When Can I Leave My First Job?

How Long You Should Stay at Your First Job

i resign message on abandoned office desk
••• Peter Dazeley / Getty Images

How long should you stay at your first job if you don't like it? College graduates aren't always thrilled with their first job after graduation, so you're not the first one who has asked the question. Recent graduates often ask counselors, friends, and family members how long they need to stay in their first job before moving on.

A survey from Express Employment Professionals reports that the average college graduate spends about a year in their first job. That doesn't mean that you should - or shouldn't - stay that long. The answer for you, given your unique situation, might be quite different. It depends on your situation at work, what you are doing in your current position, and your plans for the future.

Here are some factors to consider when you are thinking about leaving your job, but aren't sure how long you should stay. Before you decide to quit, ask yourself these questions to get an idea of whether it makes sense to leave now or to stick it out a little longer.

Questions to Ask Prior to Leaving Your Job

Are There Difficult Circumstances at Work? Are you being mistreated, subjected to unethical behavior or being asked to do something which bothers you conscience? If you have unsuccessfully tried to remedy the situation, then start to plan your exit right away regardless of the amount of time which you have spent on the job.

Can You Get a Better Job? What are your prospects for landing a better job? It can often better to stay at your current position until you can secure a job that is a step up. The adage that it is easier to find a job when you are still employed often holds true.

What Are Your Prospects for the Future? Is there a clear path for advancement which would enable you to transition to a more satisfying job or provide you with a more appealing boss or co-workers at your current employer? Exploring options for moving laterally or vertically at your own employer can be worth exploring before you decide to resign.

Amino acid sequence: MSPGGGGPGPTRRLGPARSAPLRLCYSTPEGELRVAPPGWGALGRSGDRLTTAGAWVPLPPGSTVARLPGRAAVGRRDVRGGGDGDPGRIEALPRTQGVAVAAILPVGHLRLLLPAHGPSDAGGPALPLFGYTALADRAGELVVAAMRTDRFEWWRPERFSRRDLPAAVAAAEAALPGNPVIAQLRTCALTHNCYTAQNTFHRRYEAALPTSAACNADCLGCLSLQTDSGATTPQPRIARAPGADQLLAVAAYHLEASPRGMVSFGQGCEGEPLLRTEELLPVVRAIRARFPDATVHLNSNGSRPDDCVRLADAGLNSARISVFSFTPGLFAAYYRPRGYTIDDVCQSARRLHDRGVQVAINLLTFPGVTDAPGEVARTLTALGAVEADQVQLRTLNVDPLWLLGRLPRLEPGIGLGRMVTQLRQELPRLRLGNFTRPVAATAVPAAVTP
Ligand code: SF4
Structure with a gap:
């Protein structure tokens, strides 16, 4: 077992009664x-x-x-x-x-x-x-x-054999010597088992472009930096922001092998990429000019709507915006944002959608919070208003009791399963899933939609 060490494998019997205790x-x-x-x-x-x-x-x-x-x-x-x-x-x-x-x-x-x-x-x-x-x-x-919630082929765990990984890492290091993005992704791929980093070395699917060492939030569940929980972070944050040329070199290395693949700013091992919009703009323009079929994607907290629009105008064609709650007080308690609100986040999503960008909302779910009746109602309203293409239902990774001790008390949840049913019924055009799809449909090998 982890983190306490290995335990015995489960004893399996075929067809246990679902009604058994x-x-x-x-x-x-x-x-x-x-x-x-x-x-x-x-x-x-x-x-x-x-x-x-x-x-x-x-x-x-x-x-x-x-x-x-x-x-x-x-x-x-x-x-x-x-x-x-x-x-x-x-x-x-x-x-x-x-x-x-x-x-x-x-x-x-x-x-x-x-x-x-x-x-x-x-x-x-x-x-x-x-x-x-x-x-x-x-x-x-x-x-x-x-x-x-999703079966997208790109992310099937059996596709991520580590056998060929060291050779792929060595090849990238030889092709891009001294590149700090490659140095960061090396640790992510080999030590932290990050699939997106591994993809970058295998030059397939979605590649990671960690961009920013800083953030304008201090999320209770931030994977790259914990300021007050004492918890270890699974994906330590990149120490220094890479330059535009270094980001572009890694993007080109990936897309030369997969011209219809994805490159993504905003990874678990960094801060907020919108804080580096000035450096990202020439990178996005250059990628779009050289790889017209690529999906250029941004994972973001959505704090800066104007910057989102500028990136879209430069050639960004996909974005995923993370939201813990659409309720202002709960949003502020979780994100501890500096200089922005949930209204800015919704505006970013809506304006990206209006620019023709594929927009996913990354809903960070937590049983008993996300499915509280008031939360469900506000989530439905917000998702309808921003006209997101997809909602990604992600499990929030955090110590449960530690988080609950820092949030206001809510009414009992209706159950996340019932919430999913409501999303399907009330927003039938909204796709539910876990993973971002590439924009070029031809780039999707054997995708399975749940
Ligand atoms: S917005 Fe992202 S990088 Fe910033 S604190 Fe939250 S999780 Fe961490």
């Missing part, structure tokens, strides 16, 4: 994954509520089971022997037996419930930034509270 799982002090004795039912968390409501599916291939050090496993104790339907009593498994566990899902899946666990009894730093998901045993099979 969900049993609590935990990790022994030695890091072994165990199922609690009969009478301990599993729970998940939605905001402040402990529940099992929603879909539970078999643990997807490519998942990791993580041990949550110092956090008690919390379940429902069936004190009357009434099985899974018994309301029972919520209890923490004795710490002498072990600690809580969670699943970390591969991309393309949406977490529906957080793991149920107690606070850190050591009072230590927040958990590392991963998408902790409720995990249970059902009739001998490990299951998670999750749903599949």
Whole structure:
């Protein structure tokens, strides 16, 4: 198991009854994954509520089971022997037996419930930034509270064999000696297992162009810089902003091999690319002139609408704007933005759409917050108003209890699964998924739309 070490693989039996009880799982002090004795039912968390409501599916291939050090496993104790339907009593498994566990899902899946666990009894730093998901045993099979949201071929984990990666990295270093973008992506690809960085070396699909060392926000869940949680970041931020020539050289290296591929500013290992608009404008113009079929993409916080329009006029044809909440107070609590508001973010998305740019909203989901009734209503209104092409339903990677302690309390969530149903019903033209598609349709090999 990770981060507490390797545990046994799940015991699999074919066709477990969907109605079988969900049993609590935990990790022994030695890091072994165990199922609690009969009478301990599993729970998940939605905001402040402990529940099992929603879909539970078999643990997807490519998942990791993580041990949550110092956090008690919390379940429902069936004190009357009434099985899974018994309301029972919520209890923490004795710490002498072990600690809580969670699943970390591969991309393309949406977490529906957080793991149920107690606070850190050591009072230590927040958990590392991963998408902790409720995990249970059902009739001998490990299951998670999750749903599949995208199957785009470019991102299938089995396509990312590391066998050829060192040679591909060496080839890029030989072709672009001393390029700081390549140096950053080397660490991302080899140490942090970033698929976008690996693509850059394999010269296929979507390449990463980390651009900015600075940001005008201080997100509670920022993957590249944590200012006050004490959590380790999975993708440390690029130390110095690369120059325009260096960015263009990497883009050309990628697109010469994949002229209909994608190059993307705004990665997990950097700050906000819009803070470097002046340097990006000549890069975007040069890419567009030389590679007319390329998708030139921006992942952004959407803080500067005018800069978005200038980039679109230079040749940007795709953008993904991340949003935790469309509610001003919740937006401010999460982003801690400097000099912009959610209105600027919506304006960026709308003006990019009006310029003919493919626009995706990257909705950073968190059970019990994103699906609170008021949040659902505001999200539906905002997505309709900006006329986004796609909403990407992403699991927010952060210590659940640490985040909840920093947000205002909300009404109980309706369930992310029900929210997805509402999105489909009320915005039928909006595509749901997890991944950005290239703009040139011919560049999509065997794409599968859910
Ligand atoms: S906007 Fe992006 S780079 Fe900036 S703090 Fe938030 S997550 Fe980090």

Are You Acquiring New Skills? Are you developing valuable skills or acquiring knowledge which will be of use in your career? If so, you might consider staying on longer. Conversely, if you have been performing mundane tasks for more than a year then it's time to plot a change.

Do You Have a Track Record of Success? Can you document a track record of success in your current job? If so, you will be more attractive to other employers and more ready to make a move. On the other hand, if you haven't acquired solid experience and new skills that will be an asset to a new employer you may want to discuss options for bolstering your experience with your supervisor and holding off on a job search until you are better positioned.

Are You Underpaid? If your salary has not increased or is below the industry average after two years in your first job, you should probably start job searching. Do research salaries so you know how much you are worth in today's job market.

Are You Planning on Grad School? If you are entering graduate or professional school in an area unrelated to your first job then you can usually feel free to leave your first job in less than 18 months.

How to Leave Your Job

Whenever you decide to leave your first job, make sure that you maintain a strong work ethic and positive relations with staff right until you depart since you will probably want or need recommendations.

Prospective employers might conduct background checks and get in touch with your former employer when considering you for employment. So, it's important to leave your job on a positive note, whenever possible. Here's how to resign with class.